Police said Tuesday they are investigating the parents of the 3-year-old boy who fell into a gorilla enclosure at the Cincinnati Zoo and had to be rescued by a team that shot the 400-pound animal to death.
Authorities said the investigation will look at the parents' actions leading up to the incident -- not the operation of the zoo, which is overseen by the U.S. Department of Agriculture. Police will then confer with prosecutors over whether charges should be filed, Hamilton County Prosecutor Joe Deters said.
The incident has triggered a furor online, with some saying the boy's mother should be charged with child endangering, while others want the zoo held responsible for the animal's death.
The latest news from around North Texas.
Separately, USDA said it will investigate Saturday's incident for any violations of the Animal Welfare Act.
Zoo authorities said the unidentified boy climbed over a 3-foot-high railing, walked through bushes and plunged about 15 feet into a shallow moat. The zoo's dangerous-animal response team killed the gorilla as it dragged the boy through the water, authorities said. The boy had only minor scrapes on his head and knee, according to police.
Ohio State University criminal law professor Ric Simmons said he doubts a charge of child endangering could be proved in this instance, since the offense typically involves leaving a youngster unattended for an extended time, not a case of a child momentarily wandering off.
"The mother was standing next to a zoo exhibit and lost track of her child for perhaps a minute or so," Simons said in an email. "That has happened to almost every parent in the world in a public place."
The boy's family said he is "doing just fine" at home, and it had no further comment.
A federal inspection by USDA less than two months ago found no problems with the Gorilla World exhibit, but earlier zoo inspections detailed an incident in March in which polar bears escaped through an open den door into a behind-the-scenes hallway. No one was hurt, but an inspector warned that the public could have been "at great risk for injury, harm or death."
Zoo director Thane Maynard said that using tranquilizers on the gorilla would not have knocked the animal out right away, leaving the boy in danger. Maynard said 17-year-old was agitated by the commotion from the crowd and was extremely powerful, capable of crushing a coconut in one hand.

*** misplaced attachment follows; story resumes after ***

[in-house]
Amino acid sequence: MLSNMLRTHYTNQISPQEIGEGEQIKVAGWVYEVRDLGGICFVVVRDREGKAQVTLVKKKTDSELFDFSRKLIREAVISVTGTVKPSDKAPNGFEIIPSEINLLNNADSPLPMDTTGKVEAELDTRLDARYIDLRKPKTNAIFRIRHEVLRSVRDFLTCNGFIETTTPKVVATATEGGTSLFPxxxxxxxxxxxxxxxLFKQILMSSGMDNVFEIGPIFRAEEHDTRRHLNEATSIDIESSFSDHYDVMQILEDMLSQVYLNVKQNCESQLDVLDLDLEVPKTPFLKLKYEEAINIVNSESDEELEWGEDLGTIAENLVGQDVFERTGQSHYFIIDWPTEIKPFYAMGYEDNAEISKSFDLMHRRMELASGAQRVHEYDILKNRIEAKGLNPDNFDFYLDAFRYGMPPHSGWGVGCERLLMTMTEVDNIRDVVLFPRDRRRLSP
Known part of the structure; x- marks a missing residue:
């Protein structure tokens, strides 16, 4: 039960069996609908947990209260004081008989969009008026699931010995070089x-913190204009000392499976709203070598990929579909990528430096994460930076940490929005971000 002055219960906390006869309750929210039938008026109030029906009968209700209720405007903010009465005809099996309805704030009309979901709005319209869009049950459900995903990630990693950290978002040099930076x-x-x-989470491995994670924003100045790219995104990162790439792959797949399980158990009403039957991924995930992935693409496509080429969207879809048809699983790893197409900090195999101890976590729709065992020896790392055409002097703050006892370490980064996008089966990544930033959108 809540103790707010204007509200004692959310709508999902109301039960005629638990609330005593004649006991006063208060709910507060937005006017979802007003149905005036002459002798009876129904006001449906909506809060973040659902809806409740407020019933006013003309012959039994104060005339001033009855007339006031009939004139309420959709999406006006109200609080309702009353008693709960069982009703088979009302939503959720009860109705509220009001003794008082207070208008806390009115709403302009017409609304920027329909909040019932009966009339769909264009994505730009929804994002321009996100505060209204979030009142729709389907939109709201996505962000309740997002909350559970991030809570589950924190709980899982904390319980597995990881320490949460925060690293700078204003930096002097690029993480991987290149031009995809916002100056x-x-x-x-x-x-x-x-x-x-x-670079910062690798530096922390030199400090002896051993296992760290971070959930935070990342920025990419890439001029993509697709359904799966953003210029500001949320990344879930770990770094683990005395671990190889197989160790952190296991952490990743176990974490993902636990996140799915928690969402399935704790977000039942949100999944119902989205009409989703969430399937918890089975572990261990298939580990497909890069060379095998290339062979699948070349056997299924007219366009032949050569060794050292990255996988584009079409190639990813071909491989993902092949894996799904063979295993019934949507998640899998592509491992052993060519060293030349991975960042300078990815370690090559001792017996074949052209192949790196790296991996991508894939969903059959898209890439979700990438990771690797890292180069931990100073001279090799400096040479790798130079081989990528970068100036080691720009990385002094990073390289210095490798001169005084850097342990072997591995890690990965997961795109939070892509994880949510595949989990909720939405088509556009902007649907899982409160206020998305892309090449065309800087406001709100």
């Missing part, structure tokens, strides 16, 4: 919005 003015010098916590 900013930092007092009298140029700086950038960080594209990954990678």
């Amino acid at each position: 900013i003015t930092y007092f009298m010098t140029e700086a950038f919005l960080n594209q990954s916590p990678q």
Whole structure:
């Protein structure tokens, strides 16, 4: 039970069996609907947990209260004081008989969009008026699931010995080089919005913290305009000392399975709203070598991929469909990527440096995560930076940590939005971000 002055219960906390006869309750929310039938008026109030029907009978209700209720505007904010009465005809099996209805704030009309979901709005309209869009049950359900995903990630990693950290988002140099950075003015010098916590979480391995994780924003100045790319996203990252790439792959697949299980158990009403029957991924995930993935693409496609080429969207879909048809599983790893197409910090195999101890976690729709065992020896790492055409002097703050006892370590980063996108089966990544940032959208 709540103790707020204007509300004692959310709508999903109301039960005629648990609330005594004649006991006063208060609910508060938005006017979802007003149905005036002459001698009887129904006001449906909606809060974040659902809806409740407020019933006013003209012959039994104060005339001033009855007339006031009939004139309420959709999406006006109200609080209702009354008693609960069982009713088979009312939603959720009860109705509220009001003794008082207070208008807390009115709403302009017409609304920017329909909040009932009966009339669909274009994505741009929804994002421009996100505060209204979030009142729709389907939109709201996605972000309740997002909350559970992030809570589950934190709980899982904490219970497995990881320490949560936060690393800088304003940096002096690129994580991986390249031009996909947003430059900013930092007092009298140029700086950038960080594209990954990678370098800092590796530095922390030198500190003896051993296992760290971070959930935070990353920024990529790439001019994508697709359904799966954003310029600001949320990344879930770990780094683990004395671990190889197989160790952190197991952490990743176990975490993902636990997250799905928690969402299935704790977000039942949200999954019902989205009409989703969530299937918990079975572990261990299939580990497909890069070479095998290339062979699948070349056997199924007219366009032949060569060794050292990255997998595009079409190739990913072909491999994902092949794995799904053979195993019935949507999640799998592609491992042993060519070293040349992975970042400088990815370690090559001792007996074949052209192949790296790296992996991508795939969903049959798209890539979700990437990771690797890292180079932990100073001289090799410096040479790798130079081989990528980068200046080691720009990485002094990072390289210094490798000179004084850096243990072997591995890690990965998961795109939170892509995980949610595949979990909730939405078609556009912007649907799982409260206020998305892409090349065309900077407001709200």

He said the zoo remains safe for its 1.6 million annual visitors, but a review is underway to determine whether any improvements can be made.
Donald Trump weighed in Tuesday, saying the zoo had little choice but to kill the gorilla. Trump said it was "a very tough call," but the child's life was at stake.
The executive director of a Cincinnati-based animal rights organization is calling on the USDA to fine the zoo.
"The barrier obviously isn't sufficient to keep the public out," said Michael Budkie of Stop Animal Exploitation NOW. "Otherwise, Harambe wouldn't be dead."
Jack Hanna, host of "Jack Hanna's Into the Wild," said the zoo made the right call by shooting the gorilla, telling WBNS-TV: "I'll bet my life on this, that child would not be here today."
In an interview with Boston TV station WFXT, conservationist and television host Jeff Corwin suggested that the boy's family should shoulder some of the blame, saying: "Zoos aren't your baby sitter."
Meanwhile the staff members of the Gladys Porter Zoo in Brownsville, where Harambe was born, are expressing sadness over the gorilla's death.
Stones said the incident in Cincinnati must have been terrifying for everyone present, especially the boy's parents.
"That mother and father had to be petrified. They had to be scared to death. The public around them had to be mortified. Everybody was at a total loss because, my God, they didn't know who he was, this beast had this baby," said Jerry Stones. "He was in a situation where here's this strange thing here and I don't know what, what do I do? Do I fight it? Do I love it? Do I run from it? What do I do?"
The Gladys Porter Zoo's Facilities Director, Jerry Stones, was with Harambe when he was born and even took him home when he was small.
"I've worked with this gorilla family. I didn't think it was going to be this rough," Stones said.
Associated Press writers John Seewer in Toledo, Andrew Welsh-Huggins in Columbus, Patrick Mairs in Philadelphia, and Jonathan Lemire and Rhonda Shafner in New York contributed to this report as well as KRGV-TV.